How scary is it just to have only ONE chance to do anything?
One chance to get it right, and then show it publicly.
In the 19th century and at the beginnings of photography the everyday person often only had one chance in their lives to be able to afford a professional photographic portrait.
Sometimes these were done posthumously.
Technology as it was then required the sitter to pose for several minutes, not a problem if you had passed on!
Today available technology is in our pockets. We take trillions of photographs. Some considered, others not. Much of the time it is just digital noise.
How many photos do we take every day? I have read that there is an average of three photos taken every day by most people. I know that average of three a day is well exceeded by myself, if I’m thinking phone photography.
According to research done online and also by Instagram and most popular photograph taken on their app is a selfie
was the word of the year in 2014 according to the Macquarie dictionary. Why do we take so many selfies? It is seemingly narcissistic behaviour, and I am guilty of it, too. In this ever increasing world of social media, will it do us any good? I certainly worry about my 11 year old as he gets old enough.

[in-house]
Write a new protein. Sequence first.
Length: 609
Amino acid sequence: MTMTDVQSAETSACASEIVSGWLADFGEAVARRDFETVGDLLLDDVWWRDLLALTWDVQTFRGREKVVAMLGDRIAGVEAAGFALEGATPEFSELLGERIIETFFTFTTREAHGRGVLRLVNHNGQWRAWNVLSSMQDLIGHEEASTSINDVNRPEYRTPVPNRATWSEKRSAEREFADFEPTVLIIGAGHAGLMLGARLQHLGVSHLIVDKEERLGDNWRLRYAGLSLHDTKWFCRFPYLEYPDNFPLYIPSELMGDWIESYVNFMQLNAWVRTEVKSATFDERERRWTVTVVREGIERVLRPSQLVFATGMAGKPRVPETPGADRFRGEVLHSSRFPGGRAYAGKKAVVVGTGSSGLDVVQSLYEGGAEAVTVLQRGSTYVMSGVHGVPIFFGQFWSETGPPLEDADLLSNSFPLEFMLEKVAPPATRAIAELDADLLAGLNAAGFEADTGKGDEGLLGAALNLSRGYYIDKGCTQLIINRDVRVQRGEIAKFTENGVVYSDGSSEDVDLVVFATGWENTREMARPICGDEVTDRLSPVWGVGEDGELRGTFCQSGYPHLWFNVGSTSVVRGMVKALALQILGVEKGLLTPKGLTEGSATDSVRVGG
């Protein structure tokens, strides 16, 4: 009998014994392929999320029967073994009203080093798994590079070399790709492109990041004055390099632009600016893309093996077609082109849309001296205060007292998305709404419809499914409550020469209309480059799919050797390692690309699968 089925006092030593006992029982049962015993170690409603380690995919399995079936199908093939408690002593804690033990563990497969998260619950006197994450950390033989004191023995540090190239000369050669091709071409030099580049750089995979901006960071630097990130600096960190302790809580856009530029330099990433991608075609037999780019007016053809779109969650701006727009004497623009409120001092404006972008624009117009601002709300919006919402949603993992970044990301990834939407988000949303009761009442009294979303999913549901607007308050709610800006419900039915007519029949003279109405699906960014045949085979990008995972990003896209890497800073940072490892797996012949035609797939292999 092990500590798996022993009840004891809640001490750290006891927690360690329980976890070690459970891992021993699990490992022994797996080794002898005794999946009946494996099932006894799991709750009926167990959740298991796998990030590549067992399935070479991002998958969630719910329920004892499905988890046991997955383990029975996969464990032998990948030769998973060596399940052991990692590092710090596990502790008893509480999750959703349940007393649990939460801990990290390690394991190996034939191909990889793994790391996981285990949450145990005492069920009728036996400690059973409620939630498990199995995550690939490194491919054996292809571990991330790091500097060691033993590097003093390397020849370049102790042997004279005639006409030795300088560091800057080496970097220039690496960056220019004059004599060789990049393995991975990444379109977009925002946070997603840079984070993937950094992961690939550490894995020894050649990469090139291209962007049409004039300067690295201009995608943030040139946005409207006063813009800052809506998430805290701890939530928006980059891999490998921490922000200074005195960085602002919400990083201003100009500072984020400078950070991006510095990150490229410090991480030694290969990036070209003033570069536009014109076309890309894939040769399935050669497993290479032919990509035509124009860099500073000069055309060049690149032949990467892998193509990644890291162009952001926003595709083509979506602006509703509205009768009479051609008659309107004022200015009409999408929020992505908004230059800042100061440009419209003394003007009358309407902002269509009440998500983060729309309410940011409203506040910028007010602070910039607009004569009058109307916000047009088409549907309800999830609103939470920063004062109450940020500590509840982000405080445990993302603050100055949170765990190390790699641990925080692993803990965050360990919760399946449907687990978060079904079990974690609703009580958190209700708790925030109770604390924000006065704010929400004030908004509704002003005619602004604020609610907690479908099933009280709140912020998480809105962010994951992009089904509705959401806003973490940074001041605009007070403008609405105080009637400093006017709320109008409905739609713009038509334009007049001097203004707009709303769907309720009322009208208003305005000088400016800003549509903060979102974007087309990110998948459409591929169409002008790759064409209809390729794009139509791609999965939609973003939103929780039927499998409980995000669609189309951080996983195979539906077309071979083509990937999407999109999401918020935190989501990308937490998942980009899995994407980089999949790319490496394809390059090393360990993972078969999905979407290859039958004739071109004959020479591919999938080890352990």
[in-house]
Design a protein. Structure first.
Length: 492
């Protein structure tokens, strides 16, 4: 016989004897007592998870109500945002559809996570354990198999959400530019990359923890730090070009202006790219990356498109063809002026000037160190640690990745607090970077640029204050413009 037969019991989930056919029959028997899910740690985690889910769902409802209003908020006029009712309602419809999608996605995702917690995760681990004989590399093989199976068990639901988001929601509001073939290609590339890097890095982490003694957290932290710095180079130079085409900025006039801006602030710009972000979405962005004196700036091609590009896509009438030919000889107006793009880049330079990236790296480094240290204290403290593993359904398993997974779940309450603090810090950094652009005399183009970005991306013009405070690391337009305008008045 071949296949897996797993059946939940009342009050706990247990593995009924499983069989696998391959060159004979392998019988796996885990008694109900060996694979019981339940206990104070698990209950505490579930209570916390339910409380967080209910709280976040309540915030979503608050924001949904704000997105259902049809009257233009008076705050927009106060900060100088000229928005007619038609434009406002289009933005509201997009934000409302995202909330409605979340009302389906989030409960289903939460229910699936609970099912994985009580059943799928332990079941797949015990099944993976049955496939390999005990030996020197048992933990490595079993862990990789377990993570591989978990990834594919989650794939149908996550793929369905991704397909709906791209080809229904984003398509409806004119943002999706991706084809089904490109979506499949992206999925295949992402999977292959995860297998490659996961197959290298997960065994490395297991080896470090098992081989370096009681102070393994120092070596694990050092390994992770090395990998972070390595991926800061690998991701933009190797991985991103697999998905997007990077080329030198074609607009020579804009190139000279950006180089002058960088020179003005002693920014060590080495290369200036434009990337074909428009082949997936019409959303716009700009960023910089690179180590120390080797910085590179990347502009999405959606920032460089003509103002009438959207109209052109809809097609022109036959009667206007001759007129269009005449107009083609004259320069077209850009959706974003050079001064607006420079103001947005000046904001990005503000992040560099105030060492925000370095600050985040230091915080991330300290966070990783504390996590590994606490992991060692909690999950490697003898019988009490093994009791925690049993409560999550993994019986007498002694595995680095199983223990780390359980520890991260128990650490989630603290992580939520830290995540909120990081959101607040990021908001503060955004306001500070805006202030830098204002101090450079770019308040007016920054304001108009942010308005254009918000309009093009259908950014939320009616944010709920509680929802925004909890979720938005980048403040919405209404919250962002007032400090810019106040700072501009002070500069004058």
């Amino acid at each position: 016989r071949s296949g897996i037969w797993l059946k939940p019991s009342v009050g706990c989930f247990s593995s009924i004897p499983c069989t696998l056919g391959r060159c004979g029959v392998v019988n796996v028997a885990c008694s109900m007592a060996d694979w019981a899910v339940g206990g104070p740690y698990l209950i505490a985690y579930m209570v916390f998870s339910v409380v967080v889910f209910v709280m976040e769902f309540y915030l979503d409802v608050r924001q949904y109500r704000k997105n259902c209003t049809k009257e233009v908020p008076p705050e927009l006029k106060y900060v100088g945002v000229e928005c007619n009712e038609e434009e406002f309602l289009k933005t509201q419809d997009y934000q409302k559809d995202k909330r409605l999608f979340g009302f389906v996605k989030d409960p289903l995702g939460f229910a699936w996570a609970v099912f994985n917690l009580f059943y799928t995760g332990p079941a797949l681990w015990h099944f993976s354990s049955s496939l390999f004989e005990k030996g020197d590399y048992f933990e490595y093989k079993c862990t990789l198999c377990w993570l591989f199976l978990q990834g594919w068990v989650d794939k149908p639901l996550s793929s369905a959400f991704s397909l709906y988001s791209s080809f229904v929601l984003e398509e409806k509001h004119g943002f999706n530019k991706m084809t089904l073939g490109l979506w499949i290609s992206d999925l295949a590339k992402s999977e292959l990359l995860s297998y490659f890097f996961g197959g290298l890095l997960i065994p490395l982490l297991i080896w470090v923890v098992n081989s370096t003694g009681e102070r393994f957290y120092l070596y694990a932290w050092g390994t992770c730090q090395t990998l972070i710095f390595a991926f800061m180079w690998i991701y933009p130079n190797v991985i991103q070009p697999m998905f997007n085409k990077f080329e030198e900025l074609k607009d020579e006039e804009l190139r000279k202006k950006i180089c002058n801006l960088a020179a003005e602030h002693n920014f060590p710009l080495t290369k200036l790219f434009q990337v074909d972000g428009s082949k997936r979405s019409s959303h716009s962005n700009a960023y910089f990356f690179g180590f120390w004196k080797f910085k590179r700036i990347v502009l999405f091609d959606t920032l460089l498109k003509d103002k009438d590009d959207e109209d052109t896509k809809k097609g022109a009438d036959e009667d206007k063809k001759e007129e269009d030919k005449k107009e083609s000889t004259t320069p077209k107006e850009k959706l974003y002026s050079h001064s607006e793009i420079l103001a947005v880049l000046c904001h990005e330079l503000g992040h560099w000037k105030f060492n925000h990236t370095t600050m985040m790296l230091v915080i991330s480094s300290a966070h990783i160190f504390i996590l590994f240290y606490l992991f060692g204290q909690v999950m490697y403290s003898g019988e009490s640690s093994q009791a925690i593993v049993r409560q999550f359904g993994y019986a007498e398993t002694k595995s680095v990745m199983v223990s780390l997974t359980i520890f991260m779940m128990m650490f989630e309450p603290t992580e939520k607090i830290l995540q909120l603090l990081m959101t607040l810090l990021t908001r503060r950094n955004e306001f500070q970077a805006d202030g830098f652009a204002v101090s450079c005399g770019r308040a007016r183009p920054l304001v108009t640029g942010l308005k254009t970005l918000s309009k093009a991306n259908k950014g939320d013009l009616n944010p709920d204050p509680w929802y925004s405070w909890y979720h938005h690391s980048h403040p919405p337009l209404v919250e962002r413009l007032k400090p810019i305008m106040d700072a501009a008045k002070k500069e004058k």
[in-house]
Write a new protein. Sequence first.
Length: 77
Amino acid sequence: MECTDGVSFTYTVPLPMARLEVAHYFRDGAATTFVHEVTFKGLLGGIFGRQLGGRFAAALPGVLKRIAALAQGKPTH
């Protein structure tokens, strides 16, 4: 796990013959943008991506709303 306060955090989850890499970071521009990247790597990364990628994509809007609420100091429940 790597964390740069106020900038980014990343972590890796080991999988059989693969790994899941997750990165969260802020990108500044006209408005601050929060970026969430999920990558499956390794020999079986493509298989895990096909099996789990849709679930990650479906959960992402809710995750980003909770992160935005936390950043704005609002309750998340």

Maybe it is popular because it is a portrait. I love portraits. I love looking at people. I love photographing the landscape with people in it. Anything touched by humanity has a curiosity factor to me, but to all of us.
So if you only had ONE chance to take a portrait of either yourself or someone else; who would you photograph? How would you light it? What pose would you get the sitter to do? Would you think about it more? Would you worry about the minute details of the portrait or would you just shoot it off the cuff?
I asked about 30 photographers in Canberra to be a part of The ONE Project. 28 photographers took part.
ONE frame each to create
The result is to be exhibited at Photoaccess in Manuka, opening on Thursday 25th February 2016.